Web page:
Untitled (My great-grandmother's bikini), 2014
Cotton and unwoven quilt, various dimensions; I took apart my great-grandmother's quilt to create this two-piece which is tailored to my body.
Untitled No. 3, 2011
Sheet metal Various dimensions; My grandmother was a Spanish dancer during the late 1940s. After a performance in the Dominican Republic, she was pursued by Trujillo. She was airlifted out of the country and brought back to New York. The shoe is based on one of her dancing shoes. The shoe itself is rather accurate proportionally; I created a pattern of the original shoe and enlarged it, and then transferred it to the aluminum sheet metal.
Shoelace, thread and acrylic polyurethane Various dimensions; I manipulated the unstructured material of a shoe lace to create something I don’t really think about much, but use daily for support. I sewed the shoelaces together to create the sculpture’s skin first, and then molded the shoe and used acrylic polyurethane to stiffen it and create a recognizable ironic object.
Untitled (Cut), 2014
Rubber and acrylic
Seventy Years, 2011
Acrylic on foam board 24.25 in tall; This was my first use of foam in sculpture. My original installation had these feet as the legs of a baby grand piano. The documentation was successful but after my computer’s entire hard drive got wiped out four months ago, I sadly lost the original photograph. The feet aren’t meant to be violent as much as silent masses that stand in front of you obstructively.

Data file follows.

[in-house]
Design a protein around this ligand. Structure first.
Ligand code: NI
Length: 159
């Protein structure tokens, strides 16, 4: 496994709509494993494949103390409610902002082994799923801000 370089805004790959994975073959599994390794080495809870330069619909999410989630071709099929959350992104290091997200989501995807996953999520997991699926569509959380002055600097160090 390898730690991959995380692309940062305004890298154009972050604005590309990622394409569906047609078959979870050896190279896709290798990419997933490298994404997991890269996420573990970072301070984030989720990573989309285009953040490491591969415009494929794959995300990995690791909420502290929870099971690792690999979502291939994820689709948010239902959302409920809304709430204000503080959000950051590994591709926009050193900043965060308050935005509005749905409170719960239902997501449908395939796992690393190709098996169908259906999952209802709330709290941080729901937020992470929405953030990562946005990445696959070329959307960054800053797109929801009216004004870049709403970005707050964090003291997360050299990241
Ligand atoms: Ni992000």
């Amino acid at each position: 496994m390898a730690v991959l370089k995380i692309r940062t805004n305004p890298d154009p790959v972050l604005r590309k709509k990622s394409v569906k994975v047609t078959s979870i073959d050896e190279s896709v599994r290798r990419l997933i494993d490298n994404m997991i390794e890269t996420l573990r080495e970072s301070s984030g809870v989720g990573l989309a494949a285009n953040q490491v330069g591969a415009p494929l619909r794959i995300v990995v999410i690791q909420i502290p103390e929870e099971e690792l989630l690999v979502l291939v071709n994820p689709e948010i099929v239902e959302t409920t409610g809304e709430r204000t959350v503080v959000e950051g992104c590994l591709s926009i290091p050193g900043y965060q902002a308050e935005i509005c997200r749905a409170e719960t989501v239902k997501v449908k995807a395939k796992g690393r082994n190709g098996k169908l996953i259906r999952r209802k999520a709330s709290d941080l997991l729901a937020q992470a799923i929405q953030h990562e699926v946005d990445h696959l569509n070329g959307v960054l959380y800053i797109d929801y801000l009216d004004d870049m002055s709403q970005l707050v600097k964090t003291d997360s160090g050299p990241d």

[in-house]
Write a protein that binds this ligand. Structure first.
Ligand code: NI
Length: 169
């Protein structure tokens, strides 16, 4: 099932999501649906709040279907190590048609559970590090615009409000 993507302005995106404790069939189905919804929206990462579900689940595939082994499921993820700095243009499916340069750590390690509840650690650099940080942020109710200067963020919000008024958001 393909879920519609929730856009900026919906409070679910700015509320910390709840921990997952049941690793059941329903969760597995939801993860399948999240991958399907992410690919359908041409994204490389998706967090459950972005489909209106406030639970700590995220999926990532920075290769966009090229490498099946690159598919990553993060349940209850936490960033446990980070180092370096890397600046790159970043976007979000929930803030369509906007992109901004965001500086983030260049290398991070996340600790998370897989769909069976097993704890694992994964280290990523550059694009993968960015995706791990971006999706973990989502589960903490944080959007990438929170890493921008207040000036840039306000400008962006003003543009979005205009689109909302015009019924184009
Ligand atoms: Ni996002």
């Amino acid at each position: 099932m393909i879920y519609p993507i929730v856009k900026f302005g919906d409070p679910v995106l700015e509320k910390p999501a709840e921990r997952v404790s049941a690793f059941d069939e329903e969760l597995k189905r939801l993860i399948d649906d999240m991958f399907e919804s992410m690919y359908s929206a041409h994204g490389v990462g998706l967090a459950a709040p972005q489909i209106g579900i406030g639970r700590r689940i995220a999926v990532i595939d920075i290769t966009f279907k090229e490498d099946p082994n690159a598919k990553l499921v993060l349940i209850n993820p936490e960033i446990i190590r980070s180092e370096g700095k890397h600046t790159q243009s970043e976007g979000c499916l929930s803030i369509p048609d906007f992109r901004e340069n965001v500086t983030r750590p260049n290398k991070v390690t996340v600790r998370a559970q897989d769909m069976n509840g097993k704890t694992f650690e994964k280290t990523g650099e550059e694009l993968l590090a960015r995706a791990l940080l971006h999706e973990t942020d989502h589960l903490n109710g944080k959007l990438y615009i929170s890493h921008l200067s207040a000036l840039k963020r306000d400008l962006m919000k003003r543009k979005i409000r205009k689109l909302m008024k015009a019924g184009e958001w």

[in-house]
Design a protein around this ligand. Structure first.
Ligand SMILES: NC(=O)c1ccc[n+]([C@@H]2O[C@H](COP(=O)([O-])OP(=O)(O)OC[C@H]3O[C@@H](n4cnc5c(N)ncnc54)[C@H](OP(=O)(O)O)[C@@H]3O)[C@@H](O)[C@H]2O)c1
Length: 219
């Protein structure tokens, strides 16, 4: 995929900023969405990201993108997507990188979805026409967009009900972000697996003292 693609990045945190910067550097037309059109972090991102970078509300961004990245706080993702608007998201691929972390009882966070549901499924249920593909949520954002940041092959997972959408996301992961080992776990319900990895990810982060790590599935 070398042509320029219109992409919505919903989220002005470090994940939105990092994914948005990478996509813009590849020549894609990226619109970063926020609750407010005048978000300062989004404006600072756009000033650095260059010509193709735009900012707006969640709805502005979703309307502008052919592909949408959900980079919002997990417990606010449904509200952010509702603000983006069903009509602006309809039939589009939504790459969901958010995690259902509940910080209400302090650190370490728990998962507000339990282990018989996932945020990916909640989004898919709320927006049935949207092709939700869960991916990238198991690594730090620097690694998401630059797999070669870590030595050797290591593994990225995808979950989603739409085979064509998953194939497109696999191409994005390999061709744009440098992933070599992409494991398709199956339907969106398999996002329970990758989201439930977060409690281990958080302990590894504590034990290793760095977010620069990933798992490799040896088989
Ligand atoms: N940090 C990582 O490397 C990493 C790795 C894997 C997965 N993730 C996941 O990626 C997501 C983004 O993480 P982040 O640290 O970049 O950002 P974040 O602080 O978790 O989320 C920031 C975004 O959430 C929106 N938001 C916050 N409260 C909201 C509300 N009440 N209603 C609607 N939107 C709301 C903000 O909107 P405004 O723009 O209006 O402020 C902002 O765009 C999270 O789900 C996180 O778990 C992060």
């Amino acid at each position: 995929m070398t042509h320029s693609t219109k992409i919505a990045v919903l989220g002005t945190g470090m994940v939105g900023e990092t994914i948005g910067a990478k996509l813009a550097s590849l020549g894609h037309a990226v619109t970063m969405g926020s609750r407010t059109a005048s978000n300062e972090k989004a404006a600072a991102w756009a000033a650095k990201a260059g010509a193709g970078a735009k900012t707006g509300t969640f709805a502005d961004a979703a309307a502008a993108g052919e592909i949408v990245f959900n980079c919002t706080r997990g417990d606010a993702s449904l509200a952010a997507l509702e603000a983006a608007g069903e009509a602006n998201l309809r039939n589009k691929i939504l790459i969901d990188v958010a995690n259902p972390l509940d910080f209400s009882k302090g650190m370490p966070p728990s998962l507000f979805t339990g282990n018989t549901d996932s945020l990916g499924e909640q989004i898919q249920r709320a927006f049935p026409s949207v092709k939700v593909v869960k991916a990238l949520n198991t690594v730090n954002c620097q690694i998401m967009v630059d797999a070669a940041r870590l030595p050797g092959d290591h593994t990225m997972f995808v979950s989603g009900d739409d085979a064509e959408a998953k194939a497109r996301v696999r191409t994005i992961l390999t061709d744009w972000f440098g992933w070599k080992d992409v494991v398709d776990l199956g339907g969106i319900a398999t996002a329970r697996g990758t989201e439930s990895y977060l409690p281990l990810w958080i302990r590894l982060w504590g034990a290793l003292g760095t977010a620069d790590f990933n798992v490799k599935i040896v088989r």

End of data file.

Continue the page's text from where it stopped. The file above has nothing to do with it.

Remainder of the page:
Untitled (Flower Queen), 2014
No Such Thing as Purple, 2013
Acrylic, acrylic matte medium, and water in mason jars Various dimensions; Perplexed by why purple is on the color wheel (it could be considered a red-blue or a blue-red, a color simply based on its contrast with the colors around it), I decided to investigate the ranges of what a viewer may consider purple to be—from those closer to red, to those towards blue. I mixed my own purple shades and put them in mason jars, to emphasize the idea that they were self-mixed, self-created colors. I arranged the jars in a way that I thought made sense chromatically. The process was sporadic—I mixed blue-purples and intermittently mixed red-purples, and even came upon purples that edged toward what appeared to be green (though green is also a color that I question, as it is a secondary color). There is a strange section of greenish purples in the arrangement of jars. This was the heart of the piece. Josef Albers shows us the Equilateral Triangle on page 143 in his book Interaction of Color. What strikes me most about this triangle is the right edge: the triangle moves from red, to mauve, to purple, to green, to blue. The green was unsettling to me and I wanted to relay this to the viewer.
Red in Form, 2013
Enamel on glass 12 in x 16 in; My idea behind Red in Form was my desire to explore what it means to deconstruct a color. I began with a deep red on the bottommost sheet of glass, and then as I stacked the glass, I moved the deep red into four sections: in one section I added white to the base color, in another I added blue-green, in the third I added red until it was what I believe to be a pure shade of red, and in the fourth section I moved the red all the way to yellow. It was a way for me to find out color relations. When you look at the piece from the side, you see a form. This is what I believe to be what red looks like as a form.